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It’s been a few years since I enjoyed the unique pleasure of Central European absurdity. Hašek certainly knew how to write in an absurd and funny way. In The Good Soldier Švejk we follow the strange, subtly anarchic and gentle protagonist Švejk
This quiet, unassuming, shabbily dressed man is indeed that heroic and valiant good old soldier Švejk.
When Švejk is in the garrison gaol there is a very funny mass held by a drunk converted Jewish man who according to one prisoner
He’s really well sozzled today. .. He must have got tight with some tarts somewhere.
Švejk is torn from his civilian life and becomes the batman of an army lieutenant Lukáš. They enjoy a love-hate relationship with many problems. Švejk makes many many asides and tells anecdotes every time somebody says something that sparks his memory. I admit that after halfway through the 752 page novel I stopped reading a lot of those anecdotes.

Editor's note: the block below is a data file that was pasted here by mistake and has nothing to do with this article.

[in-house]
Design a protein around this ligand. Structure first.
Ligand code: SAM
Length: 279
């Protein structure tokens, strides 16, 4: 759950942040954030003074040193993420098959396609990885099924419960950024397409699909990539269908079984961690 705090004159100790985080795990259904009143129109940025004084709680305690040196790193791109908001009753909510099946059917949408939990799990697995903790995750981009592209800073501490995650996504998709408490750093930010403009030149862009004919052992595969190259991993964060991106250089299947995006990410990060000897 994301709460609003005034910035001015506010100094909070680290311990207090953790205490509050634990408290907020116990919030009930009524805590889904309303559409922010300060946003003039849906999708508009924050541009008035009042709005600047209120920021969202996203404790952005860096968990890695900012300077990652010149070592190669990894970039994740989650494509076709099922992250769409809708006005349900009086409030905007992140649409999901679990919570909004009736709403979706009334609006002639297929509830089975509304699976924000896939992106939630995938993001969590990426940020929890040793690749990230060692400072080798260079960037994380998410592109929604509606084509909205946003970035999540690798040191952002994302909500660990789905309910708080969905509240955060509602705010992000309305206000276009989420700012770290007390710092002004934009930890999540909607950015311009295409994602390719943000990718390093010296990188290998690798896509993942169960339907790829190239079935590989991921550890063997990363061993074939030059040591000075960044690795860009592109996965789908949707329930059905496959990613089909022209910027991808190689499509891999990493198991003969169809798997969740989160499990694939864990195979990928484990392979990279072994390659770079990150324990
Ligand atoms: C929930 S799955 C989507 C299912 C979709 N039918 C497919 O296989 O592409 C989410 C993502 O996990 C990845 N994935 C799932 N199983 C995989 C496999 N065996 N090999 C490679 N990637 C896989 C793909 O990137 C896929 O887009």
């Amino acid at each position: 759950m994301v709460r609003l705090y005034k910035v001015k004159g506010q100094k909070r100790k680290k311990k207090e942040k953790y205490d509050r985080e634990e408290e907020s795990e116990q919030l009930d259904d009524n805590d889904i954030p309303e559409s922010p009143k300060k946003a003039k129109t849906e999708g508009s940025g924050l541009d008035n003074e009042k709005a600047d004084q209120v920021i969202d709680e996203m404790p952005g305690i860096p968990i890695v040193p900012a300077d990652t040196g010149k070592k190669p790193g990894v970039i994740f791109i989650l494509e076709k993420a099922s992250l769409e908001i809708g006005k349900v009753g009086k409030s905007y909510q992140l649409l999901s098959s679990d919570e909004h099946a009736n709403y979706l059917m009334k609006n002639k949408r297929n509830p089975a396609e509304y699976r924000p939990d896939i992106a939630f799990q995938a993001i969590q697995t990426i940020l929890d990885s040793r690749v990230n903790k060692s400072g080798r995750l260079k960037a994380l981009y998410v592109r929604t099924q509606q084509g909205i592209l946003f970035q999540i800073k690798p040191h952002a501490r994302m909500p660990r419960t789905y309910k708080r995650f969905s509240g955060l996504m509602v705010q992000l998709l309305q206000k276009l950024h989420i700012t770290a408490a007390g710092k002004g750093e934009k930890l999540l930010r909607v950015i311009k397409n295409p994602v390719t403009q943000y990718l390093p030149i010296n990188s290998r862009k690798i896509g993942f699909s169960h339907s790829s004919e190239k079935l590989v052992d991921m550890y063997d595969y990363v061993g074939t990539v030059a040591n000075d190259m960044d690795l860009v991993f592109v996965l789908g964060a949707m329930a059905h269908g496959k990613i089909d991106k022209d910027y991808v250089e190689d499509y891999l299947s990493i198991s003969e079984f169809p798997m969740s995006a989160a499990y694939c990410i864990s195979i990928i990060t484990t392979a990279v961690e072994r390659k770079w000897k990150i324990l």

Švejk bungles his way through a series of scrapes including being captured by his own army and narrowly misses being executed for alleged treason. It was interesting that the Russian soldiers that he war imprisoned with were from all over the Russian empire and spoke myriad languages but none of them spoke Russian.
Hašek died before completing the novel so we will never know how he intended the book to finish. I learnt a lot about the first world war, the Austro-Hungarian empire and the interactions between Czech, Austrian and Hungarians at that time. It’s no wonder the Austro-Hungarian empire feel apart, it seems that it was very poorly administered with lots of corruption and that they were constantly at war. I doubt that this book would appeal to a wide audience.